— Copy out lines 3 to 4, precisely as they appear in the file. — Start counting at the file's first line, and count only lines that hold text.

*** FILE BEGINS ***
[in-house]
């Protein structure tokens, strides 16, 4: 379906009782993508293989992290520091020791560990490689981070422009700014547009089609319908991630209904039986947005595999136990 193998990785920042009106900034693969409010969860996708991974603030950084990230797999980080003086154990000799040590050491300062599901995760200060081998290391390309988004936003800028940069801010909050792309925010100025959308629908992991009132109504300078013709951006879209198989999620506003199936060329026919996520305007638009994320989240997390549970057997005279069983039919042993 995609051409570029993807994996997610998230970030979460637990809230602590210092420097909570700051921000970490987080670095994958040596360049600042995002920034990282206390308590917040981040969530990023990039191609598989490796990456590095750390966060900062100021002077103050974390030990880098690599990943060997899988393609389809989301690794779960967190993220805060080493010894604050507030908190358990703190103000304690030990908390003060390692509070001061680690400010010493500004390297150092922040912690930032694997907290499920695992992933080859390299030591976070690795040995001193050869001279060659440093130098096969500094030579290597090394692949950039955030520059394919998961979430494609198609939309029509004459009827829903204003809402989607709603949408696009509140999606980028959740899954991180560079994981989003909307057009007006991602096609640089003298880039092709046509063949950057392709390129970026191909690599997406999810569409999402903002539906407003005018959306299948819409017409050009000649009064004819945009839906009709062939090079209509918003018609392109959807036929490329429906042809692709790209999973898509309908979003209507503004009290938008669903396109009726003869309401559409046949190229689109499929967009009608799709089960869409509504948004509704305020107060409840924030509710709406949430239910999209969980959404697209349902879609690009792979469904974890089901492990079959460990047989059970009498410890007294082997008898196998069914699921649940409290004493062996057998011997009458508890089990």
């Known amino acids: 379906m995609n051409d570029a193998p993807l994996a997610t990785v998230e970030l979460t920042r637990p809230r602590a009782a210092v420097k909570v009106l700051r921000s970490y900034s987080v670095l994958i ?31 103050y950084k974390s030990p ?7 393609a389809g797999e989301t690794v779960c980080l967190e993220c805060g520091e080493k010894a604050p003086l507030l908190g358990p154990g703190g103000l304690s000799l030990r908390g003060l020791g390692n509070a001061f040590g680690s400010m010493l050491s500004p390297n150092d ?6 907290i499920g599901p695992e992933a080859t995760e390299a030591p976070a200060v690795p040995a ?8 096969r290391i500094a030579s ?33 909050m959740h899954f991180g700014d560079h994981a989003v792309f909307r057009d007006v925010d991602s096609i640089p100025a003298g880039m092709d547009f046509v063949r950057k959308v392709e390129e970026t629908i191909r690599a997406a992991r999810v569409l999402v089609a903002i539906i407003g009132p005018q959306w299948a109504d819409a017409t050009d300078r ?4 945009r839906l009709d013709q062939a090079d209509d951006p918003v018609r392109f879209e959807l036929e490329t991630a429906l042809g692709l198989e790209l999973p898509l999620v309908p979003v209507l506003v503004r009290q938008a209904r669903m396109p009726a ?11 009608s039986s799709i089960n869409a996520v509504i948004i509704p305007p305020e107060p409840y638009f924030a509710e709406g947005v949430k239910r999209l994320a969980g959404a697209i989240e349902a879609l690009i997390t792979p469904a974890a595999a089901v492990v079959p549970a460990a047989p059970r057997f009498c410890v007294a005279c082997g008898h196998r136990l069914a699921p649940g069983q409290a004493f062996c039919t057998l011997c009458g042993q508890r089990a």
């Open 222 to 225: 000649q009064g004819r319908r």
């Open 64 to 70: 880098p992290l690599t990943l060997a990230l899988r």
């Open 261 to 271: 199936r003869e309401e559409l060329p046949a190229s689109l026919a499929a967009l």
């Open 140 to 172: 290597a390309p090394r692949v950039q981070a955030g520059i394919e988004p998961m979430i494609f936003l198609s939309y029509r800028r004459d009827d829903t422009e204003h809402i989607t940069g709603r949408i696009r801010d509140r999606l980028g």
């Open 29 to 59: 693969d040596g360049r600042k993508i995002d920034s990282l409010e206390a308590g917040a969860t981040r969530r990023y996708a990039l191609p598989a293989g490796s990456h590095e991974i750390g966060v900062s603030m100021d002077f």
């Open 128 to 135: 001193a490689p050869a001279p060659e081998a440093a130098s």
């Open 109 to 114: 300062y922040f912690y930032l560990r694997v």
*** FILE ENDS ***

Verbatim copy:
């Known amino acids: 379906m995609n051409d570029a193998p993807l994996a997610t990785v998230e970030l979460t920042r637990p809230r602590a009782a210092v420097k909570v009106l700051r921000s970490y900034s987080v670095l994958i ?31 103050y950084k974390s030990p ?7 393609a389809g797999e989301t690794v779960c980080l967190e993220c805060g520091e080493k010894a604050p003086l507030l908190g358990p154990g703190g103000l304690s000799l030990r908390g003060l020791g390692n509070a001061f040590g680690s400010m010493l050491s500004p390297n150092d ?6 907290i499920g599901p695992e992933a080859t995760e390299a030591p976070a200060v690795p040995a ?8 096969r290391i500094a030579s ?33 909050m959740h899954f991180g700014d560079h994981a989003v792309f909307r057009d007006v925010d991602s096609i640089p100025a003298g880039m092709d547009f046509v063949r950057k959308v392709e390129e970026t629908i191909r690599a997406a992991r999810v569409l999402v089609a903002i539906i407003g009132p005018q959306w299948a109504d819409a017409t050009d300078r ?4 945009r839906l009709d013709q062939a090079d209509d951006p918003v018609r392109f879209e959807l036929e490329t991630a429906l042809g692709l198989e790209l999973p898509l999620v309908p979003v209507l506003v503004r009290q938008a209904r669903m396109p009726a ?11 009608s039986s799709i089960n869409a996520v509504i948004i509704p305007p305020e107060p409840y638009f924030a509710e709406g947005v949430k239910r999209l994320a969980g959404a697209i989240e349902a879609l690009i997390t792979p469904a974890a595999a089901v492990v079959p549970a460990a047989p059970r057997f009498c410890v007294a005279c082997g008898h196998r136990l069914a699921p649940g069983q409290a004493f062996c039919t057998l011997c009458g042993q508890r089990a």
């Open 222 to 225: 000649q009064g004819r319908r």